Ona Rathuna is a wondrous place, but there are many things about it that will be new and unfamiliar at first. Therefore, as I’m chronicling these stories (starting with Havenvale), I’m also putting together a Glossary. Here is one such entry. Underlined items will eventually have their own Glossary entries. Also eventually (and hopefully) there will someday be a wiki or web pages or even a separate website with the entire Glossary in/on it.
A tree that grows only in the foothills of the Dovetop and Winterridge Mountains in deep soil next to ice-water creeks. The tree grows very slowly, producing extremely hard wood in very small quantities. Most years, the Foresters of Havenvale only cut a single branch from one tree, and never cut down entire trees. They keep a census and maps of the trees, and have been attempting to increase the population for several hundred years by cultivating the seedlings. They measure their success by how many cultivated seedlings root verses how many seeds root naturally in any given decade. In the last two decades they have had a remarkable increase in their success rates: 4% this decade verses 1% over the previous three decades.
Silverwood branches can only be made into a few shapes, but for maximum production, buttons are the norm. Silverwood can only be worked with diamond or sapphire-encrusted blades. The buttons on William’s coat the day he first barges into Sadie’s studio in Fated Bond are made from Silverwood.
Three or four years ago my husband acquired three large fir trees worth of wood. Last month, because of a change in the backyard for the dogs, we now have better access to the firewood from the backdoor. I’m a wimp. If I have to go out in the rain with a bad back and haul firewood in one armload at a time, I won’t do it. But now, there’s a ramp and covered wood storage right there! New hobby!
The wood is fairly old, and some of it is soft and starting to rot. It must be burned! It must! I’m not “wasting it when we might need it some day“, I’m using it up before it goes bad! Yes, yes, that’s it! So, I get my little trundle cart (we have a WOOD CART now! It’s amazing!) and roll it down the ramp (slippery, be careful), open the gate (close it again so the dogs don’t wander the neighborhood), load up the cart (it holds more than five armloads, and I can do that even in the rain), roll it back up the ramp (dogs, gate, slippery), into the house, and light a fire!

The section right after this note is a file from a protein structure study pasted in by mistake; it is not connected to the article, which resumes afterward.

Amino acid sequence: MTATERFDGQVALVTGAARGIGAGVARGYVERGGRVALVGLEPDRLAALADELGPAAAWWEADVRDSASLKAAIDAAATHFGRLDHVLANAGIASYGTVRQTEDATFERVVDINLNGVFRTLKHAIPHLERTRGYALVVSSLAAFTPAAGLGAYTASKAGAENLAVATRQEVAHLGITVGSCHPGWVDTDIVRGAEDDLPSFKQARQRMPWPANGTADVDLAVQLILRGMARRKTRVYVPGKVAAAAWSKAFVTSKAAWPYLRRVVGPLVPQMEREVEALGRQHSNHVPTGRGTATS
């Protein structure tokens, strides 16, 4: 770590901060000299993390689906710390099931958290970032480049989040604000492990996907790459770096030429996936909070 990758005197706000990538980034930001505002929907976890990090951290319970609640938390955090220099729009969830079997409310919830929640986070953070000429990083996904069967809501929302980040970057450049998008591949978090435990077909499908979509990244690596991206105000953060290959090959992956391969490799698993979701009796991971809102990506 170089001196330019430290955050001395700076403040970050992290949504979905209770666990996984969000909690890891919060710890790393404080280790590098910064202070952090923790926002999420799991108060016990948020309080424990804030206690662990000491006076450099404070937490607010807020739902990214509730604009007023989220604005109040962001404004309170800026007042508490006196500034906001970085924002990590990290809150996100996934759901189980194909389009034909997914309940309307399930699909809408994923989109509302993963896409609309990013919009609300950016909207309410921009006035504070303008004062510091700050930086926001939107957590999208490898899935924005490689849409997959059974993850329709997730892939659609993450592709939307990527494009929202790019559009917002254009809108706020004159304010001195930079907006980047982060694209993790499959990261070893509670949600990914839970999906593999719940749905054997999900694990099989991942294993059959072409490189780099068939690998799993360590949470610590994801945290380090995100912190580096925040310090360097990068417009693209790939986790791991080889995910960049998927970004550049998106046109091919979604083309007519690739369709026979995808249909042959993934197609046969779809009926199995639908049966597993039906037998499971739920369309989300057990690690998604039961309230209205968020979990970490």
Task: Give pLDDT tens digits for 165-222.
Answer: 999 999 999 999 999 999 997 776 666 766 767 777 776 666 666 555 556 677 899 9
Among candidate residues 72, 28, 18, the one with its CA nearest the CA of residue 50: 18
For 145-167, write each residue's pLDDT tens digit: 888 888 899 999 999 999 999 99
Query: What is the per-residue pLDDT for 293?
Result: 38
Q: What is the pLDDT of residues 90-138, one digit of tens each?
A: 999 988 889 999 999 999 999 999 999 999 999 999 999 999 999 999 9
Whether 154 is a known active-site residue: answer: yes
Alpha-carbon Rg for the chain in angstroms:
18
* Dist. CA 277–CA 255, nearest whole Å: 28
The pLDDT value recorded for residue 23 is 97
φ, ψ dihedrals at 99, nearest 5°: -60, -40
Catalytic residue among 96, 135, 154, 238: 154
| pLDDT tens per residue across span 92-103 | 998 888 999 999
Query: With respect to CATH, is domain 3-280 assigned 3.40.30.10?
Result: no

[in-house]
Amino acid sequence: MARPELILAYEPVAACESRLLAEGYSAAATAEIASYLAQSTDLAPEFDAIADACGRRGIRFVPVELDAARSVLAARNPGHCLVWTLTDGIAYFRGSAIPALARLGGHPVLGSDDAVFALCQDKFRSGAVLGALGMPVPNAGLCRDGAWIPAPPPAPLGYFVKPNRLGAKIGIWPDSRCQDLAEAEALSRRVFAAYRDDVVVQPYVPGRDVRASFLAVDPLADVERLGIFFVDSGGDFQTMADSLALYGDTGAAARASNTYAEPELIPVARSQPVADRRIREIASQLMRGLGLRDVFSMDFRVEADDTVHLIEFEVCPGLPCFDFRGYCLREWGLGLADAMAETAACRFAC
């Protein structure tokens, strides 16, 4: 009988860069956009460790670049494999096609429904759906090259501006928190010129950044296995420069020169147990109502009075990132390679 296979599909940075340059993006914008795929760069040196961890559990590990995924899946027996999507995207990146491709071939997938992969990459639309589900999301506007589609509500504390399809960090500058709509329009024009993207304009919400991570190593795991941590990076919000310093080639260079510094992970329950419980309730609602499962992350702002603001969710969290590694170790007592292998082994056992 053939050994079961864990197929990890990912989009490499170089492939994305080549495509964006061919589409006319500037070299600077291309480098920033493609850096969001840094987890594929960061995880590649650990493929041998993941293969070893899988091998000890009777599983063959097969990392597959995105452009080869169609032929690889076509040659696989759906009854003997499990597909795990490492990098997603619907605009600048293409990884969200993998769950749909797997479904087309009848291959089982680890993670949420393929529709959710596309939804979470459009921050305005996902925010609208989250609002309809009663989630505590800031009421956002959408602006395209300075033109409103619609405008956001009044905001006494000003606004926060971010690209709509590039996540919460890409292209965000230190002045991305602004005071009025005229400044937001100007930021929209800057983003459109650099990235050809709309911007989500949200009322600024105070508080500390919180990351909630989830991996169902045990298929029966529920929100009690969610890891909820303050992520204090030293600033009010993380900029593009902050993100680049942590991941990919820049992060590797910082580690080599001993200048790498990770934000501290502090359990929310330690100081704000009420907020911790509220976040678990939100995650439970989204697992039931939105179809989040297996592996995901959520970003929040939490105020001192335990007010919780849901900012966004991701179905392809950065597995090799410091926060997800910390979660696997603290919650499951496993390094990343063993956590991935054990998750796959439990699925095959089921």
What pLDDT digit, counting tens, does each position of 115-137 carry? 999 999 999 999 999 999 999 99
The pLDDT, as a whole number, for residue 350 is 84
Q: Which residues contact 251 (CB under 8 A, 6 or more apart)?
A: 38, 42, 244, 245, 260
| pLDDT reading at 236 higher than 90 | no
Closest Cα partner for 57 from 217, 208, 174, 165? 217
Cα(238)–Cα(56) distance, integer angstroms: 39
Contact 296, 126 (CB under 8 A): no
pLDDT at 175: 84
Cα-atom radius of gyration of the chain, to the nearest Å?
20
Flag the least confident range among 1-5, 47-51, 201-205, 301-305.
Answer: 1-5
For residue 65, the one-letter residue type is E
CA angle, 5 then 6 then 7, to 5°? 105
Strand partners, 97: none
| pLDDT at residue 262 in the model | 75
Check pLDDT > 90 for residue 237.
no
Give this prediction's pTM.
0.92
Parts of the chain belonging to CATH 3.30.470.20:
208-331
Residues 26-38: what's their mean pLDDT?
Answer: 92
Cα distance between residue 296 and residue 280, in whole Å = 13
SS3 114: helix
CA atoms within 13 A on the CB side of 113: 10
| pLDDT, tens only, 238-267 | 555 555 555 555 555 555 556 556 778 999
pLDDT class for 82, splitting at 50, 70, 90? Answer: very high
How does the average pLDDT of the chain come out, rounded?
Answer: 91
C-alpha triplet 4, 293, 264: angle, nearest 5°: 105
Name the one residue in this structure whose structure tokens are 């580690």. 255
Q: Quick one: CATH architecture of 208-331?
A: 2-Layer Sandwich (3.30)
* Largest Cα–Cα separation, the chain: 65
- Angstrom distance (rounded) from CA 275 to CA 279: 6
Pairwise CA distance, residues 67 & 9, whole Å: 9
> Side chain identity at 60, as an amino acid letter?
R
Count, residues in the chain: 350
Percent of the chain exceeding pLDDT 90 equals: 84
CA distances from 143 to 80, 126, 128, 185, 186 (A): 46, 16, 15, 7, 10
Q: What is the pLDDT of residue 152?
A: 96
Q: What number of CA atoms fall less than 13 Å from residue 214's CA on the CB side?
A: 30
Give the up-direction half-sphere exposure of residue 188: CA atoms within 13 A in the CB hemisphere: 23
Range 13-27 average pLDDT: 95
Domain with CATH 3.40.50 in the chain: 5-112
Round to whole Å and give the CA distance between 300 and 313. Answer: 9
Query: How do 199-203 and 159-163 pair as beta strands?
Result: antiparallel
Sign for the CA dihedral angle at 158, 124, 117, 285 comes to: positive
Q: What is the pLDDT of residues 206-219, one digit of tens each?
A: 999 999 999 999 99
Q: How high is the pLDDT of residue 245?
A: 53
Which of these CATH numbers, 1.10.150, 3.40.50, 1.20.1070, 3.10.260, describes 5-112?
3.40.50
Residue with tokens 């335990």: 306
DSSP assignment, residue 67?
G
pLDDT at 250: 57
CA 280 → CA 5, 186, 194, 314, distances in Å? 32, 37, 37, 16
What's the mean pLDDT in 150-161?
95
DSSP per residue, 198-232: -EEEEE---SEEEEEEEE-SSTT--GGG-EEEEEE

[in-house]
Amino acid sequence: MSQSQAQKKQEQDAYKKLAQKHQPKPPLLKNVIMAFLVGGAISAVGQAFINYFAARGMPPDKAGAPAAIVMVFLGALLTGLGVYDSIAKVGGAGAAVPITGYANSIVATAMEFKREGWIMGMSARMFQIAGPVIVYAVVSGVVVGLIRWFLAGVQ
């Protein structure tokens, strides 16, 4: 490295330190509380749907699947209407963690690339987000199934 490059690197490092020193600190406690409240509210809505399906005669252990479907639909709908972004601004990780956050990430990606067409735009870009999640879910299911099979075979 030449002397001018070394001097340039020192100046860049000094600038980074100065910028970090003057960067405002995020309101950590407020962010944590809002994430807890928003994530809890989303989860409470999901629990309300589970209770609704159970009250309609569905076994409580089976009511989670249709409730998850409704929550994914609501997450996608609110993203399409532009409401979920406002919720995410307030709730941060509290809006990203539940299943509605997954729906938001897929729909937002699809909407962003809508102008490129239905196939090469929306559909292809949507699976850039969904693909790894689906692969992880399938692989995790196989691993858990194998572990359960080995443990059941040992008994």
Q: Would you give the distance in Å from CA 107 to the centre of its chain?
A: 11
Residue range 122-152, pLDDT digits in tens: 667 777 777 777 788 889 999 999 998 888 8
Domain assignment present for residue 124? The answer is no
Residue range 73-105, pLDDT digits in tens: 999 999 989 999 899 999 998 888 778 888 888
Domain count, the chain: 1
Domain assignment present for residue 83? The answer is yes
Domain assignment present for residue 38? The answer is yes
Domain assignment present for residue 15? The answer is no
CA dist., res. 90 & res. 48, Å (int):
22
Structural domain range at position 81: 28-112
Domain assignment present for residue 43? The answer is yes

Wait, what? You mean there’s a method to lighting a fire? It’s not just throw in wood and light a match?
Now, when I was a child, we had a fireplace. I loved to watch the flames. (I still do, but now they’re in metal box, so no more lying on the couch staring into the fire. I have to kneel by the open door to watch the flames, but that’s ok, because I have more to get done these days anyway.) Mom taught me how to build a fire, over and over, fireplace, campfire, fireplace, campfire. I thought I had it down. I applied all those lessons.
Nothing. I’d get about twenty minutes of smoke, and then pfffpht. Another little pile of wood bits, more paper, another match. Cardboard, leftover candle wax, another match. A whole candle, three pine cones, more paper, and five more matches. Smoke, smoke, smoke.
Turns out, building a fire in a big metal box is different. Airflow is key. So is good wood. I made hub do it, so if he didn’t, I was fireless all day. I kept trying. One day hub says, Oh, you should use the good wood, not that stuff.
Wait, what? There’s good wood? YES. Turns out, it’s absolutely LOADED with pitch, the fire-builder’s stuff of dreams. So this morning I lived the dream. I got down on my garden kneeling pad (no carpet by the firebox), hefted the ax (smallish, but I keep asking for a hatchet, and if I don’t get one for Christmas, I will go hatchet shopping, don’t think I won’t), and split off a strip of kindling. What’s this? This honey-colored, satin-finished hard stuff? Why, it’s pitch! Dreamy fire-builder’s gold. One particular piece of wood (they pop up occasionally in the wood pile, placed there, I’m sure, by the beneficent wood-pile spirits) had loads of the stuff. I hefted that ax, cutting off the tiniest strips I could manage, laying them gently in my fire-starter-storage basket (with handle). Two strips seemed to be pure pitch (WOWZA) so I made hub chop those up into little two-inch sections with his pruning shears, which are quite up to snuff for such things.
And the smell! Or I should say, scent or fragrance. Astringent, sharp, crisp, nose-hair-curling, turpentine-like, fir-y pitch. Just delightful. Fire crackling, nose hairs curling, I stared into the flames. Ahhhhhh.
And because of the pitch, the good wood, and proper airflow…it only took one match.